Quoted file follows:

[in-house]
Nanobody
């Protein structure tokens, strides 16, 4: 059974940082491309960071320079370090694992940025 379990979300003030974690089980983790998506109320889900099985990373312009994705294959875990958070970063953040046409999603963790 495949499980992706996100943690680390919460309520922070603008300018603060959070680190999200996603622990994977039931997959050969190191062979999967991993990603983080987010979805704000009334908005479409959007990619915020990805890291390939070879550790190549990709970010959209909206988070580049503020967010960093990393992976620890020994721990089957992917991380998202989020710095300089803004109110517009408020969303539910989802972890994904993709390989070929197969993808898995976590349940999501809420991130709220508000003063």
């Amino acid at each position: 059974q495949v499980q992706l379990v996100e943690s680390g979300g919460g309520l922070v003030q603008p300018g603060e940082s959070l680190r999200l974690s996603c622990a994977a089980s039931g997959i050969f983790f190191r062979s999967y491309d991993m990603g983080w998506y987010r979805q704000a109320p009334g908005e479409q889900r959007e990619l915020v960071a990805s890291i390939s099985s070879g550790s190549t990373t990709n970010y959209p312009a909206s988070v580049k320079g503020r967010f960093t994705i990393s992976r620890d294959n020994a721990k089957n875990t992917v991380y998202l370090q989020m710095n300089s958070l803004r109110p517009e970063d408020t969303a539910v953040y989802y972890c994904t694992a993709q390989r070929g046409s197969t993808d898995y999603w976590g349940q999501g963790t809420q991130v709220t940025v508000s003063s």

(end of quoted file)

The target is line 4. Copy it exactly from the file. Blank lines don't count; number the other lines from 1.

């Amino acid at each position: 059974q495949v499980q992706l379990v996100e943690s680390g979300g919460g309520l922070v003030q603008p300018g603060e940082s959070l680190r999200l974690s996603c622990a994977a089980s039931g997959i050969f983790f190191r062979s999967y491309d991993m990603g983080w998506y987010r979805q704000a109320p009334g908005e479409q889900r959007e990619l915020v960071a990805s890291i390939s099985s070879g550790s190549t990373t990709n970010y959209p312009a909206s988070v580049k320079g503020r967010f960093t994705i990393s992976r620890d294959n020994a721990k089957n875990t992917v991380y998202l370090q989020m710095n300089s958070l803004r109110p517009e970063d408020t969303a539910v953040y989802y972890c994904t694992a993709q390989r070929g046409s197969t993808d898995y999603w976590g349940q999501g963790t809420q991130v709220t940025v508000s003063s």